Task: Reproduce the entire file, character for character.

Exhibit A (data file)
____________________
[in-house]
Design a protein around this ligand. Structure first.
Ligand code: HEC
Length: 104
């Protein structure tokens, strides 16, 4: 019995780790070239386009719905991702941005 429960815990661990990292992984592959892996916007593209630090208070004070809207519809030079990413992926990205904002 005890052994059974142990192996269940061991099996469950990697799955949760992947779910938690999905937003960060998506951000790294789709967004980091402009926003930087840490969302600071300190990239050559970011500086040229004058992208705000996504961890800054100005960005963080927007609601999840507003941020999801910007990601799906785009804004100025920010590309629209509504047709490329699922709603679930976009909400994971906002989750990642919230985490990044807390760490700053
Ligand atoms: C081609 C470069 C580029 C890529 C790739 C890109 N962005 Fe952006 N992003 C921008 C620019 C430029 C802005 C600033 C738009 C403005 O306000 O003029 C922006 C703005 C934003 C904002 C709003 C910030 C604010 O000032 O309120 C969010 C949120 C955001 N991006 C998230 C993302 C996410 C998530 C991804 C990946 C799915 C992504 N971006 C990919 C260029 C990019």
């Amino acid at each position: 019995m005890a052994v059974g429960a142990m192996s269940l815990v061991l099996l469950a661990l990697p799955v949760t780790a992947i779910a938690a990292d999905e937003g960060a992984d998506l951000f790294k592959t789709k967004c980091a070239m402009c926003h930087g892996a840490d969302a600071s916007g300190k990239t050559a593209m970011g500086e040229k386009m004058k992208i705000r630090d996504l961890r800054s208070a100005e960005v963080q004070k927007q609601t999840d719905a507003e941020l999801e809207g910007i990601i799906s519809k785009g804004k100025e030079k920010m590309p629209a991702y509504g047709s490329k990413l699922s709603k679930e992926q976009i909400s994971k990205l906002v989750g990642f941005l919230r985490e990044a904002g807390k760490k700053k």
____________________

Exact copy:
[in-house]
Design a protein around this ligand. Structure first.
Ligand code: HEC
Length: 104
């Protein structure tokens, strides 16, 4: 019995780790070239386009719905991702941005 429960815990661990990292992984592959892996916007593209630090208070004070809207519809030079990413992926990205904002 005890052994059974142990192996269940061991099996469950990697799955949760992947779910938690999905937003960060998506951000790294789709967004980091402009926003930087840490969302600071300190990239050559970011500086040229004058992208705000996504961890800054100005960005963080927007609601999840507003941020999801910007990601799906785009804004100025920010590309629209509504047709490329699922709603679930976009909400994971906002989750990642919230985490990044807390760490700053
Ligand atoms: C081609 C470069 C580029 C890529 C790739 C890109 N962005 Fe952006 N992003 C921008 C620019 C430029 C802005 C600033 C738009 C403005 O306000 O003029 C922006 C703005 C934003 C904002 C709003 C910030 C604010 O000032 O309120 C969010 C949120 C955001 N991006 C998230 C993302 C996410 C998530 C991804 C990946 C799915 C992504 N971006 C990919 C260029 C990019």
């Amino acid at each position: 019995m005890a052994v059974g429960a142990m192996s269940l815990v061991l099996l469950a661990l990697p799955v949760t780790a992947i779910a938690a990292d999905e937003g960060a992984d998506l951000f790294k592959t789709k967004c980091a070239m402009c926003h930087g892996a840490d969302a600071s916007g300190k990239t050559a593209m970011g500086e040229k386009m004058k992208i705000r630090d996504l961890r800054s208070a100005e960005v963080q004070k927007q609601t999840d719905a507003e941020l999801e809207g910007i990601i799906s519809k785009g804004k100025e030079k920010m590309p629209a991702y509504g047709s490329k990413l699922s709603k679930e992926q976009i909400s994971k990205l906002v989750g990642f941005l919230r985490e990044a904002g807390k760490k700053k």